I Can’t Pay the Mortgage But the Bank Won’t Help Me Until I’m 3 Months in Arrears
This one comes from Daniel in Carlisle in Shropshire, and he says “I know I’m going to have difficulty with a few months payments on my mortgage, but when I contacted the mortgage company, staff told me they can’t agree a payment arrangement until I’m 3 months in arrears; is that correct because it seems crazy?”
- The requirement to be three (3) months in arrears before the Bank will discuss a payment arrangement is more than likely, the policy of the particular Bank you deal with, although this is becoming more common place
- We do not believe the policy complies with MCOB and or Treating Customers Fairly ‘TCF’.
The Mortgage Conduct of Business rules (MCOB) govern the relationship between mortgage lenders and borrowers in the United Kingdom. They were originally issued by The Financial Services Authority in October 2003. They apply to Regulated Mortgage Contracts which are entered into after 31 October 2004.
Sometimes referred to as the Conduct of Business Sourcebook; (MCOB) is a set of rules now managed by the Financial Conduct Authority (the FCA) pursuant to the statutory powers and duties vested in it by the Financial Services and Markets Act 2000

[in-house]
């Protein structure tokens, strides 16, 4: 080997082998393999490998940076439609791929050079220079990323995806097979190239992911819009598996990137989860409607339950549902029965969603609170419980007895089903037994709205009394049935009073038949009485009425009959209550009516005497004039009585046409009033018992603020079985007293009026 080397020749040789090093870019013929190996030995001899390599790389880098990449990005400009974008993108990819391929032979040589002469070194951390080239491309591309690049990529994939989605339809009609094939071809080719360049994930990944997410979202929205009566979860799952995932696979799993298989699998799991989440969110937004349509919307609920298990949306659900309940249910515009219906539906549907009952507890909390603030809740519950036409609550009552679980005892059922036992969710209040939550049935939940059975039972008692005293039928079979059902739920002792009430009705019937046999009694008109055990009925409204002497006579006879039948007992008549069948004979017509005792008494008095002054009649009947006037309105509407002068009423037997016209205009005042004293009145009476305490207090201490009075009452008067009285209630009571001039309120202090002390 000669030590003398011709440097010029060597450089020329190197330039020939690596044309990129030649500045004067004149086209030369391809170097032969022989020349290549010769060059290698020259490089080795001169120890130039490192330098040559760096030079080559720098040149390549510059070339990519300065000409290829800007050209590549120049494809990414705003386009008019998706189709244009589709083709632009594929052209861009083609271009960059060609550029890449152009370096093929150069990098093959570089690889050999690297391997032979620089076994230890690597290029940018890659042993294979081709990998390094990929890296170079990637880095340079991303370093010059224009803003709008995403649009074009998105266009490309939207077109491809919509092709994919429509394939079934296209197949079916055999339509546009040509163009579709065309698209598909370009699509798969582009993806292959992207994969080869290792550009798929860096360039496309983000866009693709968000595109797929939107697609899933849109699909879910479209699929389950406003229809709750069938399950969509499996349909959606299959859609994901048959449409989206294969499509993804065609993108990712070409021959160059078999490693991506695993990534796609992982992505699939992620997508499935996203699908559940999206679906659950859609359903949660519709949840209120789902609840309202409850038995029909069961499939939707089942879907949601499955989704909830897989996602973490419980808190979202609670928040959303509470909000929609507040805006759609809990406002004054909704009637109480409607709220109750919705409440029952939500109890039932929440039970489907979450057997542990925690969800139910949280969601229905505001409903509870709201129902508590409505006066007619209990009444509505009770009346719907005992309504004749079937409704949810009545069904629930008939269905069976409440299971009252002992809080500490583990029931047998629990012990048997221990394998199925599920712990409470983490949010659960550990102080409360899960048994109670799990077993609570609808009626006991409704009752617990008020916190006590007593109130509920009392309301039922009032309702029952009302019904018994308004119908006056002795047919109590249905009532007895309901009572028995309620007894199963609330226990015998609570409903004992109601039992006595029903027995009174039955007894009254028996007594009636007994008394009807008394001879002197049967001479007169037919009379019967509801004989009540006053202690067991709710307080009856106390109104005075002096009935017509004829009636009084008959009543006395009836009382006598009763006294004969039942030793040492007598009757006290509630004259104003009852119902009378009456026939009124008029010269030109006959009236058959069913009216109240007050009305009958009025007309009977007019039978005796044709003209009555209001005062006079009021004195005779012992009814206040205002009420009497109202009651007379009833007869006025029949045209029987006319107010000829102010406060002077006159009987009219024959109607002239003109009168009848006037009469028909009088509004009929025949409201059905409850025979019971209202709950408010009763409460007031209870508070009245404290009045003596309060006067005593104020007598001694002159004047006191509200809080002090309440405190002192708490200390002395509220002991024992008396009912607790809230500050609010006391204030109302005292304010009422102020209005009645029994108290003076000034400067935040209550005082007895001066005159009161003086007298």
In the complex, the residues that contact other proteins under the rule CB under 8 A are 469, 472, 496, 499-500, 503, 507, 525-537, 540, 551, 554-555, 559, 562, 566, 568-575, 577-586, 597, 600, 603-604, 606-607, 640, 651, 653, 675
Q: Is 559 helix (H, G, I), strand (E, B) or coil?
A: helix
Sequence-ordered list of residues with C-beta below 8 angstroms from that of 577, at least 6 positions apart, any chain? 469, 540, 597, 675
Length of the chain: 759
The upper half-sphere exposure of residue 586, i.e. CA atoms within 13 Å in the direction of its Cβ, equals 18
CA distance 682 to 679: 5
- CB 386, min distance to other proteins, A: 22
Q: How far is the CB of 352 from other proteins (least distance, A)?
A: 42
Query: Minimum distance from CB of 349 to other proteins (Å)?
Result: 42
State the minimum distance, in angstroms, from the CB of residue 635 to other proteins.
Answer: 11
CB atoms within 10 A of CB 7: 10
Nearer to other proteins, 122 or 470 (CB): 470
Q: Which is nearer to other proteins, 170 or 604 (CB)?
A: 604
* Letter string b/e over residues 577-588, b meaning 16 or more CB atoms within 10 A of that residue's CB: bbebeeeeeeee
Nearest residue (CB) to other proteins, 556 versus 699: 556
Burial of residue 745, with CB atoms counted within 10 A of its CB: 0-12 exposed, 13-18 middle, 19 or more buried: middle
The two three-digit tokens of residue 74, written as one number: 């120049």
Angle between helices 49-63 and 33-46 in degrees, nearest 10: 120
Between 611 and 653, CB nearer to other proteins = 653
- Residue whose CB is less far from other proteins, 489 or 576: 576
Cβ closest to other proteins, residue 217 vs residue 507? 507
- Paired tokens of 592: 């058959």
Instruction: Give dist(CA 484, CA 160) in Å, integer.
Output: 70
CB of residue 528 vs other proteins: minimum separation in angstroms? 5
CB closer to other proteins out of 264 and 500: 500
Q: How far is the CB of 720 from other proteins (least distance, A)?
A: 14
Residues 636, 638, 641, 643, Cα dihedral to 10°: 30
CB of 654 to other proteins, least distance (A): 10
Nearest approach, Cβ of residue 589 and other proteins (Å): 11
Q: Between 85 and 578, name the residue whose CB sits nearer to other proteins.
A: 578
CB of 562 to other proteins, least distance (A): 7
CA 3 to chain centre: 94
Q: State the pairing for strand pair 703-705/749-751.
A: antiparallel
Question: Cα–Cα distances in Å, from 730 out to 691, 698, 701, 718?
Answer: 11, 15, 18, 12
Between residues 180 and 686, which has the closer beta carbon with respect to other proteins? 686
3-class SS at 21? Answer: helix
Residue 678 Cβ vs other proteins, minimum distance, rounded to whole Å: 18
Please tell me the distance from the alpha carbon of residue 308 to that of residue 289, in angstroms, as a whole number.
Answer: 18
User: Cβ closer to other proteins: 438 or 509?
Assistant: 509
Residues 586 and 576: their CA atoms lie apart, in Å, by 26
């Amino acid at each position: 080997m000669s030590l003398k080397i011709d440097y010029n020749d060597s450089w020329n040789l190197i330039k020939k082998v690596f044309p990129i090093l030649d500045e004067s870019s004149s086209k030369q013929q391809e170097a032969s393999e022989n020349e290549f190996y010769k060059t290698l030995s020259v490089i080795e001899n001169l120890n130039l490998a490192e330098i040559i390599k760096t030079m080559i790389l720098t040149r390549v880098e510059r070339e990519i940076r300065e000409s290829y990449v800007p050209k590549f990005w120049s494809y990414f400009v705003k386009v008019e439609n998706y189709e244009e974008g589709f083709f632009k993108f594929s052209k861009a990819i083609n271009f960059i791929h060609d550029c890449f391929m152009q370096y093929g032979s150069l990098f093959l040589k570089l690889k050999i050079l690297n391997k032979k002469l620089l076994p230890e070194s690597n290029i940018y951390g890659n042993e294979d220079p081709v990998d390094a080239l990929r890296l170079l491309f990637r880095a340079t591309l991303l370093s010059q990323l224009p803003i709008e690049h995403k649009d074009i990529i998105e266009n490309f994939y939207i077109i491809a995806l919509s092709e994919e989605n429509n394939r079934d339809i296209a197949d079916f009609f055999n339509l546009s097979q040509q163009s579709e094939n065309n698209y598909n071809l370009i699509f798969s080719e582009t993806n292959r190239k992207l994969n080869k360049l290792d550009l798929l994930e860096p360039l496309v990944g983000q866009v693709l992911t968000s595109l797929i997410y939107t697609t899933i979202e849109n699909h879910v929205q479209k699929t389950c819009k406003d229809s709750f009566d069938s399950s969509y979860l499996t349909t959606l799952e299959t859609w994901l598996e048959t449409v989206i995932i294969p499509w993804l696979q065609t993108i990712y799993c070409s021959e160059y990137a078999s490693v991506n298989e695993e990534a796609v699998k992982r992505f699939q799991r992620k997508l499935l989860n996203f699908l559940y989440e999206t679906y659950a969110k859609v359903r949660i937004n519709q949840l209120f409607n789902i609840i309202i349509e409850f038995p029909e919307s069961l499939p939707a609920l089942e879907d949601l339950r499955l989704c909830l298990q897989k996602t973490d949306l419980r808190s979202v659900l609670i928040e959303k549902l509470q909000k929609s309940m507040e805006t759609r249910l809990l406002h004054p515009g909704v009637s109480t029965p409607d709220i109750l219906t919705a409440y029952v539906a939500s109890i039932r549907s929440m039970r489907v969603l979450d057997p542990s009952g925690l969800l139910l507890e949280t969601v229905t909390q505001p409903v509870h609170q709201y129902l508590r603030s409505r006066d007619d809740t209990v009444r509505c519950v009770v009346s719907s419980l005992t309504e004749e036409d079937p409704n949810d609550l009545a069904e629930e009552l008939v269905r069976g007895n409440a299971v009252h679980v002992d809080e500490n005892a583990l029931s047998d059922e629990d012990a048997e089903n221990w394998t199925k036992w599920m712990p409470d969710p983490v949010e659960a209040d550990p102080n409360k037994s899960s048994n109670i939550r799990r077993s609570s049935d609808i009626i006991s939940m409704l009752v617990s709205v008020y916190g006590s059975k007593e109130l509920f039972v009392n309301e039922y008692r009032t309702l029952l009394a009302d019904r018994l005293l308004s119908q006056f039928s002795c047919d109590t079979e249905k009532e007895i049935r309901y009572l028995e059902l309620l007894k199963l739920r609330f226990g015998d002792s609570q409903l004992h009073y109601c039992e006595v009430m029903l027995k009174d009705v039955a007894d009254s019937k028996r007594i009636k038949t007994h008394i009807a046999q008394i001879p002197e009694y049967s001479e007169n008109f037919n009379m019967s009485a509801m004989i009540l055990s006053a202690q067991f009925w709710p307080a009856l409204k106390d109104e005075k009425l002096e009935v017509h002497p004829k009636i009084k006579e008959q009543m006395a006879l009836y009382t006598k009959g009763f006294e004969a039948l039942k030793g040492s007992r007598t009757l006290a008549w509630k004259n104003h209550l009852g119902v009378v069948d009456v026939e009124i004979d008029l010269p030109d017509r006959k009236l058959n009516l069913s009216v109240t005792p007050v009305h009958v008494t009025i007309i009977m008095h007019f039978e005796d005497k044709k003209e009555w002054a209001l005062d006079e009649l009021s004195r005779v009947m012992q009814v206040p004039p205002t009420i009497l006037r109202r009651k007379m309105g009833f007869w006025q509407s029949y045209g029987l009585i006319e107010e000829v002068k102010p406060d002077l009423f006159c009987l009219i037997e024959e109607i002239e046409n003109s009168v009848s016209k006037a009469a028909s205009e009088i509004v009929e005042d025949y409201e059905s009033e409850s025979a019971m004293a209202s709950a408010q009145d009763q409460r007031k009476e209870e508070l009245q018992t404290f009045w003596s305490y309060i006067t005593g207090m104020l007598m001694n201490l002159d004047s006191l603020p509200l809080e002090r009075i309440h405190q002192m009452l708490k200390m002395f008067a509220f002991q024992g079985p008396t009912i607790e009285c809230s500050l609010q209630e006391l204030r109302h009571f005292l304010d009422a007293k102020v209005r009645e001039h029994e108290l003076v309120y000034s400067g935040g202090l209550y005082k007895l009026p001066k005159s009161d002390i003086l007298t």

- We believe the Bank Policy has more to do with money (hedging and or insurance payouts) than compliance with MCOB, and has absolutely nothing to do with TCF
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Simon, began his working life with Messrs. Coutts & Co, bankers to the Queen. During a career which has, thus far, spanned 31 years, Simon has served time as a Bank Manager, Financial Adviser, and General Manager of a major UK Broking Firm, which later became London Scottish Broking. A Certified Mortgage Specialist, Simon set up his own broking firms in late 2002... Find out more about Simon